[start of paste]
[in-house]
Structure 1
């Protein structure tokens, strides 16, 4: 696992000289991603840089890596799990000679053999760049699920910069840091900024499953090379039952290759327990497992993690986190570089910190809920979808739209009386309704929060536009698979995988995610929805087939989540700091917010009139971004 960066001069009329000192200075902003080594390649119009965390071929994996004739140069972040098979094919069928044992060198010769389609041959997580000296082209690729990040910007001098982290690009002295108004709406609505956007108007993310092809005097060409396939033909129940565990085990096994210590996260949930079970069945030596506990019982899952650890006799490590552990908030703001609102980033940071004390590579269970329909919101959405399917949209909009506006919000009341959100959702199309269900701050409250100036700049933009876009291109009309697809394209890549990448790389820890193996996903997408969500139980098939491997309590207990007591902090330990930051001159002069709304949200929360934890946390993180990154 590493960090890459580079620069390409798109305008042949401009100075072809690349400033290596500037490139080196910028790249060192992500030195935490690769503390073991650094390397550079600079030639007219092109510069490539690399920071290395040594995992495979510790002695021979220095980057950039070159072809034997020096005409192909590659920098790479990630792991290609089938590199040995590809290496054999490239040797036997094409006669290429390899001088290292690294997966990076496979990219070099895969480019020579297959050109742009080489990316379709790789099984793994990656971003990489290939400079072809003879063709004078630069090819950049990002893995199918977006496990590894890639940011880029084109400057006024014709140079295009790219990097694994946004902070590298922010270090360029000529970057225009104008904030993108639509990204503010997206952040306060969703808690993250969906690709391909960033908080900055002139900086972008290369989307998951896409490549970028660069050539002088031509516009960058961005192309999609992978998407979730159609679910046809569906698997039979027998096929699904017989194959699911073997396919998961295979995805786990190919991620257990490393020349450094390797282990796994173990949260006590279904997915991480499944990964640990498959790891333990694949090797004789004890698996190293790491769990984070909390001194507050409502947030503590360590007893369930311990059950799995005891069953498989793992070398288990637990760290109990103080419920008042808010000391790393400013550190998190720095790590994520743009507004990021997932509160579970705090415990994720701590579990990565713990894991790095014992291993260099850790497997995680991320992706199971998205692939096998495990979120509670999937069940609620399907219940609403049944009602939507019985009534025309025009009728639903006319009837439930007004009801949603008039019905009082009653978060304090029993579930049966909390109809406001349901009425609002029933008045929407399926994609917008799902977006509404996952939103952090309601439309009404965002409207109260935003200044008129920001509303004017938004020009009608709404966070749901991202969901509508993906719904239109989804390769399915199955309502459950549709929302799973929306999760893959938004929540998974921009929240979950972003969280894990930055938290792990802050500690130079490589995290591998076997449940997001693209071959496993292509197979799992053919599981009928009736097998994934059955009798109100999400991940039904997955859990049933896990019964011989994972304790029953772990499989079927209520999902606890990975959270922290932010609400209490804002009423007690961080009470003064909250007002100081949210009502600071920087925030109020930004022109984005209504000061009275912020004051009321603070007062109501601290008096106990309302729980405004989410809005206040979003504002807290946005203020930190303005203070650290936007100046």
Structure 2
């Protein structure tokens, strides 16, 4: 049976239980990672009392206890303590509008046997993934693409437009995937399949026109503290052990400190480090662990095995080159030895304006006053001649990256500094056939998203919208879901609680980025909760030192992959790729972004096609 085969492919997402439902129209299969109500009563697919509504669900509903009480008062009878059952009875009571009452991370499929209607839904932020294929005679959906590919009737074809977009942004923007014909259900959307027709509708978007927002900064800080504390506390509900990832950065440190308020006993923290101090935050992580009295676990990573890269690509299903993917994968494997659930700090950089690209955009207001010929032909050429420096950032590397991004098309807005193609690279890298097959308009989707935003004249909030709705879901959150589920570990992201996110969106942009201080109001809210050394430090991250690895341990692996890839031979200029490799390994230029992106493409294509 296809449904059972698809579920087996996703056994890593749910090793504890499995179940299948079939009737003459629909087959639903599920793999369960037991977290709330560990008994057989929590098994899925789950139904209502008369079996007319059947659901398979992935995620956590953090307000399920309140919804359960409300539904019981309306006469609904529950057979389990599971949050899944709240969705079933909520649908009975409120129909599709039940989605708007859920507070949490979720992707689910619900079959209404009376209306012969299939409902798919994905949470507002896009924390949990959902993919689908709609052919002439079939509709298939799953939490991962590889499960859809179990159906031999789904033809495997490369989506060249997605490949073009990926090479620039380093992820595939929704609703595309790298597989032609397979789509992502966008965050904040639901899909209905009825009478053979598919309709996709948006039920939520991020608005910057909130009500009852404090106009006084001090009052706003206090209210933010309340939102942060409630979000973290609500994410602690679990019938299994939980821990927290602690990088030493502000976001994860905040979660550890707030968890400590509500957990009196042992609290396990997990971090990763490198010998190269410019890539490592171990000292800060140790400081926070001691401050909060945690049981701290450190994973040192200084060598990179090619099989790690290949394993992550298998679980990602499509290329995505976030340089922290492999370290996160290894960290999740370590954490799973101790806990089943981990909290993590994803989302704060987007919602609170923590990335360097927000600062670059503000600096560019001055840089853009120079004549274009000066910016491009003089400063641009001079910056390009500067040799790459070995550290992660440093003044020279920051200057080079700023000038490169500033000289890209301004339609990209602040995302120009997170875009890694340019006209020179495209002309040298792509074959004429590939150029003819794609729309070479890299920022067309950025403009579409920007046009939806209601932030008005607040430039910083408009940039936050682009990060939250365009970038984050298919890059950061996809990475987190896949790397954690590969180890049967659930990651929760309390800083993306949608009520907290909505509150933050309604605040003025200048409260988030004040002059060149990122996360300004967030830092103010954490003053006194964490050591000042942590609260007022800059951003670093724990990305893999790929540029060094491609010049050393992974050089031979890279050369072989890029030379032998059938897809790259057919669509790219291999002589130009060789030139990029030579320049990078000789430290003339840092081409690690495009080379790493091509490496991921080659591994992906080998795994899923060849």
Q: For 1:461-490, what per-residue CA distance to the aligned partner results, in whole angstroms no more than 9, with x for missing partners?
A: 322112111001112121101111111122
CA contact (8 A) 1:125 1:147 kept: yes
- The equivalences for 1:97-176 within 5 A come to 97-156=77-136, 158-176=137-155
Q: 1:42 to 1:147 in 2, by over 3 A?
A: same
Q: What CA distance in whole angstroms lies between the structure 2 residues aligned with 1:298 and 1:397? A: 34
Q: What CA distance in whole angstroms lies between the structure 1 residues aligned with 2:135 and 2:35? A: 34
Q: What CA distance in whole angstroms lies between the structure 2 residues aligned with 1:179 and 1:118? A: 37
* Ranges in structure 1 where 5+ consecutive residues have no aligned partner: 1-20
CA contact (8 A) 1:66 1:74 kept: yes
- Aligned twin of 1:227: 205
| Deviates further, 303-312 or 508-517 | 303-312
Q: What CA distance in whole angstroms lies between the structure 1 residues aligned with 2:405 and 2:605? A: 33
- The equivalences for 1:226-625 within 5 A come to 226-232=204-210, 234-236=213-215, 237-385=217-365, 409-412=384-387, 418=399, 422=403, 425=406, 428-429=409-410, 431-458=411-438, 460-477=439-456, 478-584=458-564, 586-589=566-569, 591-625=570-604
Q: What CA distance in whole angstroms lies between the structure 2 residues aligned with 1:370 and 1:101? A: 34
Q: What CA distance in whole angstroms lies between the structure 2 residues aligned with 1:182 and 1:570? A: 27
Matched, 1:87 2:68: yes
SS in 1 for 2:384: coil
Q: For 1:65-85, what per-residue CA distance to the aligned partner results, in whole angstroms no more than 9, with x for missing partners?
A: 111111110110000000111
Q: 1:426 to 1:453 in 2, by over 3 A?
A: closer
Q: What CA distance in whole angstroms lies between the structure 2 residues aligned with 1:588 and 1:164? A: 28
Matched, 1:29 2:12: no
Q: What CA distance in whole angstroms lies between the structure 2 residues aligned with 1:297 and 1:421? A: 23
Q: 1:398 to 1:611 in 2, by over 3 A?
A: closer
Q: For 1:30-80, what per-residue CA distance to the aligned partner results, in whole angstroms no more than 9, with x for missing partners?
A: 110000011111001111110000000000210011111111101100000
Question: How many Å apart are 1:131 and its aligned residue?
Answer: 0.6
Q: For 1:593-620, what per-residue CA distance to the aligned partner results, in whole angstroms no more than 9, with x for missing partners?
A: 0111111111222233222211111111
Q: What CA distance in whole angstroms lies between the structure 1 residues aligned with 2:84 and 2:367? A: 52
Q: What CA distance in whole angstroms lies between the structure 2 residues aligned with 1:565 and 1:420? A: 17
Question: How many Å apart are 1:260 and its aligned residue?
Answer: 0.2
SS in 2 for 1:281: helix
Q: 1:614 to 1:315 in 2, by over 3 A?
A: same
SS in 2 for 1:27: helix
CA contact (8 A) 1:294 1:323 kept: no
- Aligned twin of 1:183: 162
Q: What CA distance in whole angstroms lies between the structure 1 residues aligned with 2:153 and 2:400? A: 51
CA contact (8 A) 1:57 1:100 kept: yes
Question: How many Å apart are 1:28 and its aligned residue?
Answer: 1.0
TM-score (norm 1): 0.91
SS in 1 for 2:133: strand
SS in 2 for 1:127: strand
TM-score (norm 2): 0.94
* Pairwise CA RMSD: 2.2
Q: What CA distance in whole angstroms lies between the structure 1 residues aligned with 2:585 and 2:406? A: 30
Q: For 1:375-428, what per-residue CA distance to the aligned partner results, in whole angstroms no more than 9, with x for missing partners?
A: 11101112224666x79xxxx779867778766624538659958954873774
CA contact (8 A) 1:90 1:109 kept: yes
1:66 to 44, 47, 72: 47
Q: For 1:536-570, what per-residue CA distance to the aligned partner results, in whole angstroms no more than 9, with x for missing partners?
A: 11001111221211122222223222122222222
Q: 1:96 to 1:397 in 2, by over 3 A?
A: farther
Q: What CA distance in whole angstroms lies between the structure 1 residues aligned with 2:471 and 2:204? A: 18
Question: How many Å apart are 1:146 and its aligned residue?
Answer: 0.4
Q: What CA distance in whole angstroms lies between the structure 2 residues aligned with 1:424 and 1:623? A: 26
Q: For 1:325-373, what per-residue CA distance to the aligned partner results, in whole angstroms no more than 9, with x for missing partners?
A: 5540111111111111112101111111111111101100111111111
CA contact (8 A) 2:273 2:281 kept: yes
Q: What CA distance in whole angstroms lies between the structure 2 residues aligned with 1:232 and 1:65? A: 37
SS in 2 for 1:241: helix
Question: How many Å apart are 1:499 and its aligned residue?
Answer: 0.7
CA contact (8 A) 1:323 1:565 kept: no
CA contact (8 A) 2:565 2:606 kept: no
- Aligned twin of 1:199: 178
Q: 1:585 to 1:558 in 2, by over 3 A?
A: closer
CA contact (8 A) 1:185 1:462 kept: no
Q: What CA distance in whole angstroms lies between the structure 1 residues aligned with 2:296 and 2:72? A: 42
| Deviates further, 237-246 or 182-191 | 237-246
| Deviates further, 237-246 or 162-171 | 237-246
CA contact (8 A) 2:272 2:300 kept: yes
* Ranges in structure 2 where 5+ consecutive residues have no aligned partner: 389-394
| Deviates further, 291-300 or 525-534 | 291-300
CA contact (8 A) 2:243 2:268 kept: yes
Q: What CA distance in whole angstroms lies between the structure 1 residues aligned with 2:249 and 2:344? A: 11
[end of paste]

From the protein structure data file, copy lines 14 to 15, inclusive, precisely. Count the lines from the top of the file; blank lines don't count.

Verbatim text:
Q: What CA distance in whole angstroms lies between the structure 2 residues aligned with 1:179 and 1:118? A: 37
* Ranges in structure 1 where 5+ consecutive residues have no aligned partner: 1-20